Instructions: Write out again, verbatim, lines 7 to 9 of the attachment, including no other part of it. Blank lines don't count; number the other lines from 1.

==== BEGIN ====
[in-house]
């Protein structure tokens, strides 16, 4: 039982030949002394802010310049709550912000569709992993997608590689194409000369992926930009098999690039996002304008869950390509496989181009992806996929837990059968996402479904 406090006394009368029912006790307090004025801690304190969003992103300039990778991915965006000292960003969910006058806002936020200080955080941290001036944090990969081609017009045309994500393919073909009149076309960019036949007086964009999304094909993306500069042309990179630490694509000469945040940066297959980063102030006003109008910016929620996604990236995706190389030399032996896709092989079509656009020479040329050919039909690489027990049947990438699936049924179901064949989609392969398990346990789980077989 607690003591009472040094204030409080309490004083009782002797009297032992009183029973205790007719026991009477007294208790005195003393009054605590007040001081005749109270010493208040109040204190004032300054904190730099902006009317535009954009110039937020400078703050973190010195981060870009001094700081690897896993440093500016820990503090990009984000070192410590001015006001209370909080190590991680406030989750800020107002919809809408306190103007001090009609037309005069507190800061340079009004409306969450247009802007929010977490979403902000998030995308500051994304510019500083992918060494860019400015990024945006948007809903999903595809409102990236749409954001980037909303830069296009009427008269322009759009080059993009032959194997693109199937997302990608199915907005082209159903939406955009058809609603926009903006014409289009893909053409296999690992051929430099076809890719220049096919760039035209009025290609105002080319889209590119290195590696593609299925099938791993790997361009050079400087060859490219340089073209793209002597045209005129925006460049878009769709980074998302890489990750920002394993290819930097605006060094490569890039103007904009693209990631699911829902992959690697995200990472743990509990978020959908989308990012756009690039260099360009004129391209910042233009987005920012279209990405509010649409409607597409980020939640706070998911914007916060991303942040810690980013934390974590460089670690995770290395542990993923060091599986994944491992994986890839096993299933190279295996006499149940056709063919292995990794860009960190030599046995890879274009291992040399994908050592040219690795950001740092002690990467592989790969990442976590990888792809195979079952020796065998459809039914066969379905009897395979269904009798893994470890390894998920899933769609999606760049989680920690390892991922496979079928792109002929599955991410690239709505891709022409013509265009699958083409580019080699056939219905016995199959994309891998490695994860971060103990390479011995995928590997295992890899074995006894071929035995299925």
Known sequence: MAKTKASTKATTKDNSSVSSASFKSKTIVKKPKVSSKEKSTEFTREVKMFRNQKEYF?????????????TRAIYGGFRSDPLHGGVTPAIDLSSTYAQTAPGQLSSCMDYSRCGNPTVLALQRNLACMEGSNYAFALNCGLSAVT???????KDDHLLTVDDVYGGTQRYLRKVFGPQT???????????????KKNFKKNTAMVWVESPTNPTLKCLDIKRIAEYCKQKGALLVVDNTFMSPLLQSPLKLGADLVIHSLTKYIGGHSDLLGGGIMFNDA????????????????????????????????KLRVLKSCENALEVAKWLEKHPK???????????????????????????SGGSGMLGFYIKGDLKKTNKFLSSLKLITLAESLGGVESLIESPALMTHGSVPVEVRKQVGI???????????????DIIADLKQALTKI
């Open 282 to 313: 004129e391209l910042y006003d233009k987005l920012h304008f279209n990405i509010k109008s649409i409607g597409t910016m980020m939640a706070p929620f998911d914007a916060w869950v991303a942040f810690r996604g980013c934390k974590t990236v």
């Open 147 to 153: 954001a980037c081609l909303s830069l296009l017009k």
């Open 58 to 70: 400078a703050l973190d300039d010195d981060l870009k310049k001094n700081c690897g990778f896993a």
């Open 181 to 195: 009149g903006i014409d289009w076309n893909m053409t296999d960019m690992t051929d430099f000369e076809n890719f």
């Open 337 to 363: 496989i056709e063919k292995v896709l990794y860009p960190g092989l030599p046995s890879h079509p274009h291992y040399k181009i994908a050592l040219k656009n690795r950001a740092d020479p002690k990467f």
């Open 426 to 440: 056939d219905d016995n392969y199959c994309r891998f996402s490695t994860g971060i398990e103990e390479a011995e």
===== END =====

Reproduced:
């Open 181 to 195: 009149g903006i014409d289009w076309n893909m053409t296999d960019m690992t051929d430099f000369e076809n890719f």
């Open 337 to 363: 496989i056709e063919k292995v896709l990794y860009p960190g092989l030599p046995s890879h079509p274009h291992y040399k181009i994908a050592l040219k656009n690795r950001a740092d020479p002690k990467f």
């Open 426 to 440: 056939d219905d016995n392969y199959c994309r891998f996402s490695t994860g971060i398990e103990e390479a011995e």